AI: the challenge ahead

22 October 2019

Artificial intelligence is already having an effect on our lives and its influence is only likely to become greater with the rapid advancement of innovative technology.

It is spreading into the workplace, and we all have to monitor in the months and years ahead the challenges it poses as well as the opportunities AI presents.

However, there is no doubt it can assist organisations by removing processes that are currently performed manually and the likelihood is that employees will welcome being relieved of tedious and time-consuming tasks, which will in turn allow them to dedicate their time to more productive functions.

We certainly have nothing to fear and it is pleasing to note that the government is at the cutting edge of this phenomenon.

I saw with my own eyes, at the recent Delta Summit, the commitment of Prime Minister Joseph Muscat and Parliamentary Secretary for Digital Technology Silvio Schembri to the sector as they launched a strategic vision for AI.

Muscat rightly said he wants his government to lead by example by becoming one of the first that is AI-powered and that various pilot projects are being devised in education, healthcare, transport and customer relations.

But we need to be just as well prepared in private industry. Take the insurance sector, for example, which is currently contending with an issue of trust among clients.

In a recent report featured in the Australia Readers’ Digest on the 50 most trusted professions, insurance agents came 48th. That’s two places below sex workers!

Bankers did not do much better, while it is no surprise that fire-fighters ranked highest.

What has led to this erosion in confidence? Inefficient processes lie at the very heart of the issue, coupled with reliance on old statistical models, lack of transparency in communications and perceived conflictsof interest when it comes to advising customers.

Fortunately, we have a good idea of what needs to be done: introduce automated processes (the recent insurance distribution directive is moving into this direction), real time data feeds, 24/7 on-demand connection and tangible measures that will help to improve customers’ quality of life.

We also know that AI, the Internet of Things and blockchain technology can provide us with the tools we need to transform the industry by determining personalised coverage and price (roboadvisory is already an efficient tool to determine the customer risk profile and to deliver the most suitable investments).

It can also offer on-demand insurance (the customer may choose from temporary or long-term cover for any risk. For example, if I travel to New York I can be automatically insured for the days of my stay and the cover is automatically extended if I am there longer; or I can insure my watch only for the time it spends on my wrist).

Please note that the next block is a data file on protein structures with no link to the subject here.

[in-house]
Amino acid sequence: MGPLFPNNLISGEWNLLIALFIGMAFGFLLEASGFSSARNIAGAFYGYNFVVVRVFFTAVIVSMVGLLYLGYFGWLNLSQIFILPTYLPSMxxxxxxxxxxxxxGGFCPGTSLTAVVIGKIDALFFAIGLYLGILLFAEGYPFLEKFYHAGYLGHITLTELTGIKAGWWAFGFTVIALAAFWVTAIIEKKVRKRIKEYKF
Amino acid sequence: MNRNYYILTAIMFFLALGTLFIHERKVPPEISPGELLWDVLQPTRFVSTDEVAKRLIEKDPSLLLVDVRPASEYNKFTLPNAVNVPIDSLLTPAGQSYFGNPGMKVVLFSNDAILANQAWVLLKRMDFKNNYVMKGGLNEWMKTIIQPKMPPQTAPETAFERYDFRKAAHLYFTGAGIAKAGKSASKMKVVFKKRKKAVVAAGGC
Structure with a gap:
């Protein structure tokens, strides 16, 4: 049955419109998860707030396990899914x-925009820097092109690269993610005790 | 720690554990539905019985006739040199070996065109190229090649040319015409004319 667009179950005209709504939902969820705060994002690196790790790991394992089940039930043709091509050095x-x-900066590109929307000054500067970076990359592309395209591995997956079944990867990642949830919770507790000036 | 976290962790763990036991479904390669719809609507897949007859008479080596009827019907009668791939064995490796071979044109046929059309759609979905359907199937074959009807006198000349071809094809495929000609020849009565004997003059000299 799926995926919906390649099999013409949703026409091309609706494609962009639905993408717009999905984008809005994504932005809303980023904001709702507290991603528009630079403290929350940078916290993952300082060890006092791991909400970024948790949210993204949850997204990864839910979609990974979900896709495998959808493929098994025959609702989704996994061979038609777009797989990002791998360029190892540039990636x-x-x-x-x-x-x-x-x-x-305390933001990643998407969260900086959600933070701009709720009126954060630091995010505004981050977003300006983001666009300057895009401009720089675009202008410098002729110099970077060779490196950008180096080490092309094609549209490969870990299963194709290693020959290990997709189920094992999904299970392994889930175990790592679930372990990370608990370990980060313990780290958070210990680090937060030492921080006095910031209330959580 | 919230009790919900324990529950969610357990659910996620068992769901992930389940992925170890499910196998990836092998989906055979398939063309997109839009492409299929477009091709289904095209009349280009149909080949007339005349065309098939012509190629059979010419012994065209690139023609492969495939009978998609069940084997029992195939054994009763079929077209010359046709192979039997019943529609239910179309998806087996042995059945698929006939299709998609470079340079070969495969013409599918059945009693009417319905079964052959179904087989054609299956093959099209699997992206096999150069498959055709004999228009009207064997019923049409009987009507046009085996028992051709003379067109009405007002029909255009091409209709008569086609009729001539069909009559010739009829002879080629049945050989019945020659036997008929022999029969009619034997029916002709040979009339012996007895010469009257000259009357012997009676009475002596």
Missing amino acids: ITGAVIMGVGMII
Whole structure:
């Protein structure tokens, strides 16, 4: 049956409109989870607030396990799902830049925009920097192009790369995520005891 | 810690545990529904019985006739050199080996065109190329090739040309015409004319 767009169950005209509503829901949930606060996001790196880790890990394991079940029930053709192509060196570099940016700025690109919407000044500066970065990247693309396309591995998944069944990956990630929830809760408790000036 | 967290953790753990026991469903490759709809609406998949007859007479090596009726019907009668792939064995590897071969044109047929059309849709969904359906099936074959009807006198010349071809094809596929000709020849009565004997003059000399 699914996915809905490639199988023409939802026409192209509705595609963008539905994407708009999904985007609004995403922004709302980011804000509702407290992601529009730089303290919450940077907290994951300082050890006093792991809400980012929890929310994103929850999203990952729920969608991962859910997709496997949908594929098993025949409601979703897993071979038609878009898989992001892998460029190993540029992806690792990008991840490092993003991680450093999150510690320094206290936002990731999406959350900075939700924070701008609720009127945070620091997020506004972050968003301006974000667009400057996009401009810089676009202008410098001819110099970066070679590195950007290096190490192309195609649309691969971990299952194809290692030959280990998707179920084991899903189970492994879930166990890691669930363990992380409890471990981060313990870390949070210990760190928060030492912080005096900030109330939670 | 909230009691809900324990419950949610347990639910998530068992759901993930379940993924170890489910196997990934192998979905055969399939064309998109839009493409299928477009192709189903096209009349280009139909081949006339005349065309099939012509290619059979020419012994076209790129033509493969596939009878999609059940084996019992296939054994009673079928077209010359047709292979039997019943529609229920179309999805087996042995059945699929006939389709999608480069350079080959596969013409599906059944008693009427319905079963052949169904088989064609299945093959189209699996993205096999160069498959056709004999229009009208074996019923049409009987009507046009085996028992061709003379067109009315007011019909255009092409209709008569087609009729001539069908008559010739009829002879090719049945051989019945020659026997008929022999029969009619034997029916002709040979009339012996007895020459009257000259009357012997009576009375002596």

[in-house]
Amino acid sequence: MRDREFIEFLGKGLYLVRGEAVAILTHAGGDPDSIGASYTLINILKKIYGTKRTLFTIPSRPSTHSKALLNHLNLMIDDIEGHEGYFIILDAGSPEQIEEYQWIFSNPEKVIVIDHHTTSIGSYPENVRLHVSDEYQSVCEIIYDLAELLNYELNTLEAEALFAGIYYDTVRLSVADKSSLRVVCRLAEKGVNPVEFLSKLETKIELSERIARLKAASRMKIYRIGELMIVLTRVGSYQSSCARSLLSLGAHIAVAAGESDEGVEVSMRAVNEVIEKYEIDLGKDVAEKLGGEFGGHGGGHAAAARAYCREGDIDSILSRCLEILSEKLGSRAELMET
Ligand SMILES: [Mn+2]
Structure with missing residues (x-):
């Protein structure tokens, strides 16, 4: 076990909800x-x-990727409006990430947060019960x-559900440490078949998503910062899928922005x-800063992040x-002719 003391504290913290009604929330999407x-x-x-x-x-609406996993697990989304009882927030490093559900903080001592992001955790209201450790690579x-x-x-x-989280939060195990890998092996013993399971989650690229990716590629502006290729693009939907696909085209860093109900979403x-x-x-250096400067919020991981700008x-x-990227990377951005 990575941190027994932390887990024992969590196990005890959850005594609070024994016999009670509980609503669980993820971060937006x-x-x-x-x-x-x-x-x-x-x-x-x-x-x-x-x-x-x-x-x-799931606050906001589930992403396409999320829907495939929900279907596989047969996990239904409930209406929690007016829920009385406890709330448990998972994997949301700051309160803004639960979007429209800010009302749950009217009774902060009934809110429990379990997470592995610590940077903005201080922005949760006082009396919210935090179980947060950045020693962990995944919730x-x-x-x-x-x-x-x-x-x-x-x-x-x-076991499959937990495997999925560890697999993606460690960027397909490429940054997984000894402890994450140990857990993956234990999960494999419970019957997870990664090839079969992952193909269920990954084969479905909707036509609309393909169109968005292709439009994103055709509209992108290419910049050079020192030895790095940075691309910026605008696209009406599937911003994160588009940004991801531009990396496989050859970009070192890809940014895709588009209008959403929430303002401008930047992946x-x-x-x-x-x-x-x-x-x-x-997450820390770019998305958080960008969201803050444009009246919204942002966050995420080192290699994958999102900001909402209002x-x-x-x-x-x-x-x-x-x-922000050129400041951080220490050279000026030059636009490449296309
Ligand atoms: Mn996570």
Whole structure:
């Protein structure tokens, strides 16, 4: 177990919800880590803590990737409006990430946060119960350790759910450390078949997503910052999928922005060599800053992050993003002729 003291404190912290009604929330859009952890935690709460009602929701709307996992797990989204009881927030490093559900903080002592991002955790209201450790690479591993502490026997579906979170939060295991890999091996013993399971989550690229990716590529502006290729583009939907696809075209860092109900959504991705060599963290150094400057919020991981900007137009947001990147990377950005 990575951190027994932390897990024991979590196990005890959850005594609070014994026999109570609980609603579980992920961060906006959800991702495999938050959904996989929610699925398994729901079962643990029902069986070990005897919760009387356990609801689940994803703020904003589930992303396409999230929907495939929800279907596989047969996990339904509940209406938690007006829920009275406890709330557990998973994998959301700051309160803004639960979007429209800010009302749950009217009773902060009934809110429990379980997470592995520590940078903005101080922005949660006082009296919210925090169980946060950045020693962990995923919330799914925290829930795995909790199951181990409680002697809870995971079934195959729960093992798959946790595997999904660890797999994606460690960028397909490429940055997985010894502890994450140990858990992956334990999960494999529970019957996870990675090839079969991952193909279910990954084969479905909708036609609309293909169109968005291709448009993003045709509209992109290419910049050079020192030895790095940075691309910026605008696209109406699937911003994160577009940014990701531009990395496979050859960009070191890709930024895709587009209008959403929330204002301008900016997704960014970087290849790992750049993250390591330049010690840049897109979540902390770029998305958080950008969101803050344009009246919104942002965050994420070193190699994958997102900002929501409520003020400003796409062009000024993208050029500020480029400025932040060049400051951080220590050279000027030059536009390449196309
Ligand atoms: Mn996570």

It can also source data from each customer (for instance, wearable devices that can precisely determine the health condition of a customer and adapt the price of the policy in real time); and provide immediate solutions to certain problems (such as, installing sensors in customers’ homes that can alert insurance companies if there is a gas or water leakage, which will then send a technician to repair the problem without the customer having to lift a finger). What will all this lead to?

Firstly, AI is likely to provide customers with faster settlement of a claim – which is the yardstick many clients use while they are evaluating and differentiating insurance companies – and this, in turn, will foster more trust. 

Secondly, AI will enable insurance companies to spend more time with their customers, meaning they can stay better connected and introduce concierge-style options, thereby providing a more personalised service. Clients will also be in a better position to collect data and information which can be used to better define the coverage on offer and price.

Simplicity will be essential, since customers do not want to waste valuable time on complicated processes, and clients will have more faith in an industry that replaces standardised insurance products with tailor-made and on-demand policies.

This is where we need to go if we are to give this sector the shot in the arm it really needs and, as technology advances at a rapid pace, both service provider and customer will become more familiar with artificial intelligence and using it to make faster and more informed decisions – not to mention reducing costs in the process.

It does not take artificial intelligence to recognise the benefits of such positive changes both in the public and private sector.